When Kara examined the pitcher, she said “Yes! It’s perfect. I’d love it. In fact, as we drove to York I mentioned to Brandon (her fiancé) that she wanted to get a pitcher while they were on this trip.” But little did either of us know, that earlier Brandon had been playing ping-pong and spotted the pitcher. He said to Kara, “I saw a pitcher on a shelf in the ping-pong room that I think you’d like.” She replied, “I just got it!” That’s a simple story, but so meaningful. We were all on the same page.
A behind the scenes arrangement is also a delicious story. In planning Friday night, Saturday night and Sunday noon dinners for our guests, Kay informed me that she was taking care of all the food and I just need to get the house ready for that many diners. “Kathy is providing all the deserts”, she said. Kathy has been a family (and church) friend for many years and was long ago renamed by Jim and me as an almost daughter. She baked homemade pies, cakes and cookies which were more than adequate.
On Saturday morning before the service began an interesting encounter evolved on the road adjacent to the church where my close friend, Judi, in finding her way to church went too far and was turning around when she noticed a car with an Ohio license tag with an elderly gentleman at the wheel parked along the side of the road. She rolled down her window and asked “Are you going to the service?” “Yes,” he said. “Are you John?” she asked having heard me speak about him many times. “I’m Ruth’s friend. We’re both lost. I have Ruth’s cell phone number and will call for directions.” John, in turn, was glad to meet the Judi that he’d heard about. Judi could hardly wait to tell me that she had already met my brother John and was able to help him.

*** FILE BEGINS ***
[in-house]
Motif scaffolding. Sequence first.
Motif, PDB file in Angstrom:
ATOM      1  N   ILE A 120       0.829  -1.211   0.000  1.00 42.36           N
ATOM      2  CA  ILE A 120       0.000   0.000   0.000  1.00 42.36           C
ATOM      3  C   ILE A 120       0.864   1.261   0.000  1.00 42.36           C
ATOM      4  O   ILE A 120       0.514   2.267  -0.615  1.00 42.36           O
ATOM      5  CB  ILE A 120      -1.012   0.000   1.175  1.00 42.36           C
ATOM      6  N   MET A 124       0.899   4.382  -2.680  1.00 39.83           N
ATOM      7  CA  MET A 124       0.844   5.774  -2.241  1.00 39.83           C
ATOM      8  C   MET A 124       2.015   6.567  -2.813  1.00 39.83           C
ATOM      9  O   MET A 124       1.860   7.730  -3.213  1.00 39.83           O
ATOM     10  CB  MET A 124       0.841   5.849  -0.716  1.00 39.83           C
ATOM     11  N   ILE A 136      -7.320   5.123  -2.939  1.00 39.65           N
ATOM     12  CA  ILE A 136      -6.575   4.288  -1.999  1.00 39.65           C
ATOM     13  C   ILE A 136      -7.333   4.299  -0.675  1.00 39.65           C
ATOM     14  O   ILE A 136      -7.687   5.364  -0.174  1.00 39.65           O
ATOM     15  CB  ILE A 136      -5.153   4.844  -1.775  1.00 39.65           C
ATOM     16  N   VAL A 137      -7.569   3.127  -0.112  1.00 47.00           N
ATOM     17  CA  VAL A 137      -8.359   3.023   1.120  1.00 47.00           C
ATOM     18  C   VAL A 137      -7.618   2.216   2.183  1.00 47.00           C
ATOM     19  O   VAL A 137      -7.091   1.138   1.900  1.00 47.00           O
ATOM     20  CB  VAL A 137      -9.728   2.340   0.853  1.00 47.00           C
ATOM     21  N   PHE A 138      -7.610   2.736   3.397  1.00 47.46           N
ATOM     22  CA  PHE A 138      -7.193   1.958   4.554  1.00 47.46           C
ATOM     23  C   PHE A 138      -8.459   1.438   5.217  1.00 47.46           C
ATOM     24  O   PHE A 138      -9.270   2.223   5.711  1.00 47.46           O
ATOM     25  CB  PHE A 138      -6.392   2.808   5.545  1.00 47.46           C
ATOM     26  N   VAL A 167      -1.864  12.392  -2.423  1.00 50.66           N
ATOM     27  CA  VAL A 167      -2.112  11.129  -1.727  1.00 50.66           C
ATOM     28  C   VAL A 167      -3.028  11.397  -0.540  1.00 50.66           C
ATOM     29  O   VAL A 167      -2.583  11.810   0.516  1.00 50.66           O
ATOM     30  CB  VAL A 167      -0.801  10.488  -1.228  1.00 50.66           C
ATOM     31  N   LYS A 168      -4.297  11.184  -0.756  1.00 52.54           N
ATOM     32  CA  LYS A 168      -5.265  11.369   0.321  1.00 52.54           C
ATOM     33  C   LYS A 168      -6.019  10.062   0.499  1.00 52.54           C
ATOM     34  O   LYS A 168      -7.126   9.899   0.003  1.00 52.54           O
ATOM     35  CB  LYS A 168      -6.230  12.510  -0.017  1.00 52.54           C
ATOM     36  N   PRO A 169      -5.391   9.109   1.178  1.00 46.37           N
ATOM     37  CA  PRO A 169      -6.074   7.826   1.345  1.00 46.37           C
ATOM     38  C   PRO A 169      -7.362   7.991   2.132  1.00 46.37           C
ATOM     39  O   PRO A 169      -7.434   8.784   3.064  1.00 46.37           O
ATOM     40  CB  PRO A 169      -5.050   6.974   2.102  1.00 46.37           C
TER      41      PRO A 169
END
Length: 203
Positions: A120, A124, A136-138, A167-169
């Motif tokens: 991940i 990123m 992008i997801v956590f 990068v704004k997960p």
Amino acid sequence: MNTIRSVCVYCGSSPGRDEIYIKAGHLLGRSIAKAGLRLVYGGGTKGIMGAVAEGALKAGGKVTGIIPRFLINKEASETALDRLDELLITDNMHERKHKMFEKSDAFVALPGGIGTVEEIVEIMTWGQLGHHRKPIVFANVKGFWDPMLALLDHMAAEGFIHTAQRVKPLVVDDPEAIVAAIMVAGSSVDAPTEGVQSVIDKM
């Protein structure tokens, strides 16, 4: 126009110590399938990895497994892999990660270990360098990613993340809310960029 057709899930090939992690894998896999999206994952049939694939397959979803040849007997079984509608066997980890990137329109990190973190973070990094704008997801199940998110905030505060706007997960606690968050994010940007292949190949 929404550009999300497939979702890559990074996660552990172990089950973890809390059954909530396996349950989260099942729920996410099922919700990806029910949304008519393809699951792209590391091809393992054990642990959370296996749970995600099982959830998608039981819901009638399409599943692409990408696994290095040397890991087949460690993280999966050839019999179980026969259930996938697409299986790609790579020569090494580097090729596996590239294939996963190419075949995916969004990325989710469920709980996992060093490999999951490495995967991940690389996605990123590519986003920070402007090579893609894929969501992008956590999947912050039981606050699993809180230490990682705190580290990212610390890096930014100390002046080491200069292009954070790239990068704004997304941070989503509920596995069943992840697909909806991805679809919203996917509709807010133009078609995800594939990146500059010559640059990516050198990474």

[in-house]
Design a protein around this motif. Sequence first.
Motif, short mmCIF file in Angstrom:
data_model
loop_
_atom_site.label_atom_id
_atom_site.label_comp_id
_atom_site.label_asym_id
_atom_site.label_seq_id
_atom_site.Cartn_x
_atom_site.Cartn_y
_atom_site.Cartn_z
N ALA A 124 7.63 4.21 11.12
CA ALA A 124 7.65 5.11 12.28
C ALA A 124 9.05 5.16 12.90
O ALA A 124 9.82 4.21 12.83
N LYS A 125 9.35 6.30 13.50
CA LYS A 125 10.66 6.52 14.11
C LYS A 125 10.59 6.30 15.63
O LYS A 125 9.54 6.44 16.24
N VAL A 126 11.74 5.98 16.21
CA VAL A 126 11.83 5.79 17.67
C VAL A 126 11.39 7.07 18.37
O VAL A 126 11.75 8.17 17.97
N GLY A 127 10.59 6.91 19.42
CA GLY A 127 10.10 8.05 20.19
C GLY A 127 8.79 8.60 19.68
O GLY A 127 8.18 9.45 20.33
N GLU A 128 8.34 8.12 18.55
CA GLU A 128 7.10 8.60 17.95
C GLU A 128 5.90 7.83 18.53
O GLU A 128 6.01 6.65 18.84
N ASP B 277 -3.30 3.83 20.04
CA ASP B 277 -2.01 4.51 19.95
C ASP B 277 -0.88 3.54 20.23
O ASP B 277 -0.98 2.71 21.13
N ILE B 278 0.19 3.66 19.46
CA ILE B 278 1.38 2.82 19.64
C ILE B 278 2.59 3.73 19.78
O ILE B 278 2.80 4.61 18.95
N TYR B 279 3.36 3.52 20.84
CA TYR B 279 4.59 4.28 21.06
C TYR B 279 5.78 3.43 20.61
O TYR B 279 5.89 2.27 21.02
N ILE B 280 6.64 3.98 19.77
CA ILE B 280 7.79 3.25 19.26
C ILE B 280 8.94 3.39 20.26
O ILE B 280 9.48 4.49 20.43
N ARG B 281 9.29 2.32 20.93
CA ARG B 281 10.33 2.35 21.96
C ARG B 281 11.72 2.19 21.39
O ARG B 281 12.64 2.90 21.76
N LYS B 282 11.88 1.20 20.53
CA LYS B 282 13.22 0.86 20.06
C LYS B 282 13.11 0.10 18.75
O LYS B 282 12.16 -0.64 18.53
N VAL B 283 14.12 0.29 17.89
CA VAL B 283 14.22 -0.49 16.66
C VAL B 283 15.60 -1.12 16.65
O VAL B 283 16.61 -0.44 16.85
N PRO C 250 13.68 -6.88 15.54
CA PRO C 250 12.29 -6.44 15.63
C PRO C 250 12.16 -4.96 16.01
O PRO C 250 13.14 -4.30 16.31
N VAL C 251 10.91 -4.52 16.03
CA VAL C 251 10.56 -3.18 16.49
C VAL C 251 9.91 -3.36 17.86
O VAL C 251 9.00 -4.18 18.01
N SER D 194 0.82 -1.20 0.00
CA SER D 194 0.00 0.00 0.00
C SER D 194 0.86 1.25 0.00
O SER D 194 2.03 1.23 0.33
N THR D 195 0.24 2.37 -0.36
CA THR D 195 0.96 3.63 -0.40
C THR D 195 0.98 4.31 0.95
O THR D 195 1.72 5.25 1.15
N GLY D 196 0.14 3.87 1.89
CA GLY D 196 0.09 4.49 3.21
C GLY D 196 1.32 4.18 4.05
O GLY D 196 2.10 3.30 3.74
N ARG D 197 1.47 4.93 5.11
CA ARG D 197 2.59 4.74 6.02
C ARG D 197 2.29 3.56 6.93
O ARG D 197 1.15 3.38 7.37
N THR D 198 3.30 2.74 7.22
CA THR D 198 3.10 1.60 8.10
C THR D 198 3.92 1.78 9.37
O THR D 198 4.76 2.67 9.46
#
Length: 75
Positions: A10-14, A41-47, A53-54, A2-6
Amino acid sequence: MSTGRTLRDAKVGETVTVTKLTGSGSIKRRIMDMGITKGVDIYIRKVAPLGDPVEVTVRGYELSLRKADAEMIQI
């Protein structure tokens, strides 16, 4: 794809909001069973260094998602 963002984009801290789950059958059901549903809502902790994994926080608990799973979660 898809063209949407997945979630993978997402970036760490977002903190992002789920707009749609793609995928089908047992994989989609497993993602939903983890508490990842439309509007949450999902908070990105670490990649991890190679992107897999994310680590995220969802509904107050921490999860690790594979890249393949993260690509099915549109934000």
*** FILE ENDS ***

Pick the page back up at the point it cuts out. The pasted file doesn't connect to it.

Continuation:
Judi also shared that when she heard Diane sing, she said to herself, “I’m not familiar with her last name but I’ve heard that voice not long ago.” After the service ended and people were catching up with old friends, she sought out Diane and asked her if she had a brother named Buddy that she sings with. Diane said she did. “Buddy and I graduated in the same class”, Judy explained. “Several months ago, when I saw in the paper that he was going to be singing at a rest home, I decided to go so I could see him and you were singing with him.” Judi had two ‘aha’ moments.
Another friend was delighted to see Diane in person and introduced herself by saying “You won’t remember me, but we graduated in the same class”, Then, she turned to Diane’s husband and said “Did you know your wife was on the homecoming queen court?” He didn’t, but wasn’t surprised. While all of that was going on, Lois and Dennis and Marilyn and Gene were in the fellowship hall getting the lunch set out for family and out-of-towners. Faithful friends for 50 years as members of Temple Baptist Church who lovingly shared their skills in assisting our family once again.